Home' Trinidad and Tobago Guardian : May 1st 2014 Contents Minister of Health, Dr
Fuad Khan, in a recent
about the unhealthy
lifestyles of the people
He suggested this has resulted in various
ailments and has been partially responsible
for serious overcrowding in the nation s hos-
pitals. He also observed that the situation will
worsen if people continue with their unhealthy
lifestyles. These critical matters have impli-
cations for the health of the citizenry and for
national public expenditure.
There are several factors which impact and
cause the so called "unhealthy lifestyles" of
people and spatial planning is one such factor.
Spatial planning---which focuses on the expres-
sion of human needs and requirements in
physical space---can assist in addressing these
concerns, since there is an acknowledged pos-
itive relationship between effective spatial
planning and healthier populations.
The negative impacts of people s unhealthy
lifestyles have long been the subject of aca-
demic research. Chronic non-communicable
diseases (NCDs) such as hypertension, diabetes,
and obesity have been associated with a lack
of physical activity and exercise. These can
affect persons of any age, gender or socioe-
Leaders of government within Caricom have
also recognised the importance of addressing
the growing incidences of NCDs in the region.
The Port-of-Spain Summit Declaration (2007)
highlighted the critical need to prevent and
control chronic NCDs in the Caribbean. This
urgency is fuelled by factors such as the impor-
tance of healthy populations to the develop-
ment of the region and the costs associated
with treating persons afflicted with these dis-
Public open spaces and active living
Active living through physical activity and
exercise can improve people s health and well-
being. Well-designed, accessible and equipped
public open spaces can foster physical activity
and exercise. Public open spaces such as parks,
squares, recreational grounds and playgrounds
must be planned for all communities.
In addition to possessing spiritual, psycho-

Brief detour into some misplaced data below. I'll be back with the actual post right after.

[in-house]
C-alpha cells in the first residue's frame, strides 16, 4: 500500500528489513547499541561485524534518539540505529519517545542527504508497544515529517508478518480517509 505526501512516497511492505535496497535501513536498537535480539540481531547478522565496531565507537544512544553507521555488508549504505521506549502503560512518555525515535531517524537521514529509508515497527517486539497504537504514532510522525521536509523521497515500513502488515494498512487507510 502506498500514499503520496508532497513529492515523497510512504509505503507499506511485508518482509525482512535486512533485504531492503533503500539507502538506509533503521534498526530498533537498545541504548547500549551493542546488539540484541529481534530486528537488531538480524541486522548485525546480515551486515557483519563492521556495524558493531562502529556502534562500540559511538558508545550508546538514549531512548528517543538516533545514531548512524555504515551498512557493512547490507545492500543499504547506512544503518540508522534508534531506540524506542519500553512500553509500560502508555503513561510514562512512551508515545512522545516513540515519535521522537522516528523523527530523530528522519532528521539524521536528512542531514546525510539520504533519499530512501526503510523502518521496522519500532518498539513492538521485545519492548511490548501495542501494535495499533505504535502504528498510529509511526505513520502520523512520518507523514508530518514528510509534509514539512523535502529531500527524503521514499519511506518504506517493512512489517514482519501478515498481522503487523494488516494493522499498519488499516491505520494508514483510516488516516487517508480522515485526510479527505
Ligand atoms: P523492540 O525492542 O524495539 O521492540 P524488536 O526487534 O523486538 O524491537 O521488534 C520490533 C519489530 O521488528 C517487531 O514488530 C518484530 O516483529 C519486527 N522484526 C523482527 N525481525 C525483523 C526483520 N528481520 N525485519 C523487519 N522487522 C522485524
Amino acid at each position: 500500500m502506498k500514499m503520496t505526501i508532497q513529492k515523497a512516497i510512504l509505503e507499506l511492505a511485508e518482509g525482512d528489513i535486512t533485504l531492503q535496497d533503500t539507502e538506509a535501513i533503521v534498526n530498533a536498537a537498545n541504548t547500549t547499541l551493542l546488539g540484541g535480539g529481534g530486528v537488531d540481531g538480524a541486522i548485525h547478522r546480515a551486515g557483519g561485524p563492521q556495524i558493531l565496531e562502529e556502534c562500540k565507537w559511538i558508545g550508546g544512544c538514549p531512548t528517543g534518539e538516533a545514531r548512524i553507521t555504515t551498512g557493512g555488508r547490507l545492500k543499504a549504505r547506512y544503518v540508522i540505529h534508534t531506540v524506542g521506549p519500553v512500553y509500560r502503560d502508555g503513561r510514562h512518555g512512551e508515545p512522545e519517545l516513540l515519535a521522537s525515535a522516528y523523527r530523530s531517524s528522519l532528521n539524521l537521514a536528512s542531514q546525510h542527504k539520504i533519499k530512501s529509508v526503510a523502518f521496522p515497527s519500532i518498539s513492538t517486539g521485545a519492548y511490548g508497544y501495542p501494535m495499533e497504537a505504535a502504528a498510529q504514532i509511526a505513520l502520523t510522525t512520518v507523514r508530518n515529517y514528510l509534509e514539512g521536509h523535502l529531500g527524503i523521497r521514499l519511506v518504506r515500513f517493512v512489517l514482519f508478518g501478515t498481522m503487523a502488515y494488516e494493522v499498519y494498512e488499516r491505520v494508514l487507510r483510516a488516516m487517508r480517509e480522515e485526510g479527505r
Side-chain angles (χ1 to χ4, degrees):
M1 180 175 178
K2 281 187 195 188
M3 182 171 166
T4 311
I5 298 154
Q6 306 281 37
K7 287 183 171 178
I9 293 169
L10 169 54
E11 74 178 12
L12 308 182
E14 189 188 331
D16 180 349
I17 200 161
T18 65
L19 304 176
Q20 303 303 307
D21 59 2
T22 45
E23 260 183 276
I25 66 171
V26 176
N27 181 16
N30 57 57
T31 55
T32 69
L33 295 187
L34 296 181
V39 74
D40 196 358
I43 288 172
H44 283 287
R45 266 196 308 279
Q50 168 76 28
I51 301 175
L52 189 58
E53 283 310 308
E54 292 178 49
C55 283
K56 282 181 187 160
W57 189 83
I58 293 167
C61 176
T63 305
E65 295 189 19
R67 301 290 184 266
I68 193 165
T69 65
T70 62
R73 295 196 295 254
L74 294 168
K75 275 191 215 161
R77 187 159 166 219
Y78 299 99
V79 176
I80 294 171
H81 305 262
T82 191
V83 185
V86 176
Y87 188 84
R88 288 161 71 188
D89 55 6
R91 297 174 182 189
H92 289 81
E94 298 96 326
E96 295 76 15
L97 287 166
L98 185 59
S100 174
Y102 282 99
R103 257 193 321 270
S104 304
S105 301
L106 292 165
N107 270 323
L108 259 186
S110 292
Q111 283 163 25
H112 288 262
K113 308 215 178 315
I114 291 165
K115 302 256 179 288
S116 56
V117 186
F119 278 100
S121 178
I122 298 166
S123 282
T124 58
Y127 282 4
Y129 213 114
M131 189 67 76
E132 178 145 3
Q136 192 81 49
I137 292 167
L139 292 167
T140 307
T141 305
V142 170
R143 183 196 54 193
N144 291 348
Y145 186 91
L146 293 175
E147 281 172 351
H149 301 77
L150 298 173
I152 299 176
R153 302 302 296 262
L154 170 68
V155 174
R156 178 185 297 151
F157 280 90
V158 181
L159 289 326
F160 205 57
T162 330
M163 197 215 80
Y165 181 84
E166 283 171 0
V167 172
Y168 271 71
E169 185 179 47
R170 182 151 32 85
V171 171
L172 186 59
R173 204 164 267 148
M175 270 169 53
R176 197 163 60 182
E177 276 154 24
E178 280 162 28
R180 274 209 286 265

logical, amenity, and environmental value,
these quality communal spaces also foster
daily opportunities for walking, cycling, active
sports and children s play. Care must be taken
to provide, maintain, and preserve these spaces
because of their importance in improving the
health of all citizens.
Role of spatial planners
In light of this relationship between effective
spatial planning and healthier populations,
spatial planners have a significant role to play
in fostering active living.
This role is especially critical at the policy
making level. Spatial planners must continually
seek to inform national policies and help to
translate them into a spatial environment that
promotes healthy populations. Planners must
also strongly advocate for intersectoral, com-
prehensive and integrated policy interventions.
The Town and Country Planning Division
(TCPD) also has an important role. It must
collaborate with municipal corporations, the
Ministry of Health, the T&T Society of Plan-
ners and other relevant stakeholders in the
preparation of land use policies and plans and
the development of standards.
The TCPD must ensure that public spaces
are structured to engender and enhance well-
ness. Modern approaches must be used in
the design, layout and equipping of public
open spaces to promote equity in access and
enjoyment by all citizens. There must also
be more green infrastructure within urban
centres and communities.
Greater efforts must be made within exist-
ing neighbourhoods to innovatively retrofit
these communities with active and passive
recreation spaces, through involvement of
the residents who know the value of these
open spaces and deserve to enjoy the health
benefits they offer.
The Minister of Health can take some con-
solation in the fact that spatial planners
appreciate the critical link between the health
and wellness of populations and how our
physical space is planned.
Specific reference is made here to the pro-
vision of public open spaces in urban and
rural communities, aimed chiefly at the pro-
motion of active living.
Spatial planning may be regarded as an
important ingredient in the recipe for fostering
healthy lifestyles and in managing the inci-
dences of chronic NCDs.
In fact, effective spatial planning can be
seen as preventive medicine taken to ensure
wellness in citizens. After all, physical planning
has as its impetus public health and safety.
This offsets the increasingly costly medicine
needed to treat the many persons suffering
with chronic NCDs in T&T and across the
region. Governments within the region would
also be spared the major expenditure asso-
ciated with the management of NCDs.
Now and in the future, national sectoral
policies and spatial planning must have the
health of all citizens as a priority.
This column was submitted by a member
of the T&T Society of Planners.
BG16 | COMMENTARY
BUSINESS GUARDIAN www.guardian.co.tt MAY 2014 • WEEK ONE
T&T Society of Planners
Spatial planning and active living
Port of Spain
"This was an exceptional workshop! I am now
very informed in the subject and I have been
applying the concepts and principles learnt. Both
instructors were excellent facilitators. Thank you."
- Kamini Heeralal-Khan, General Manager Human
Resources (Ag.), Trinidad & Tobago Postal Corporation
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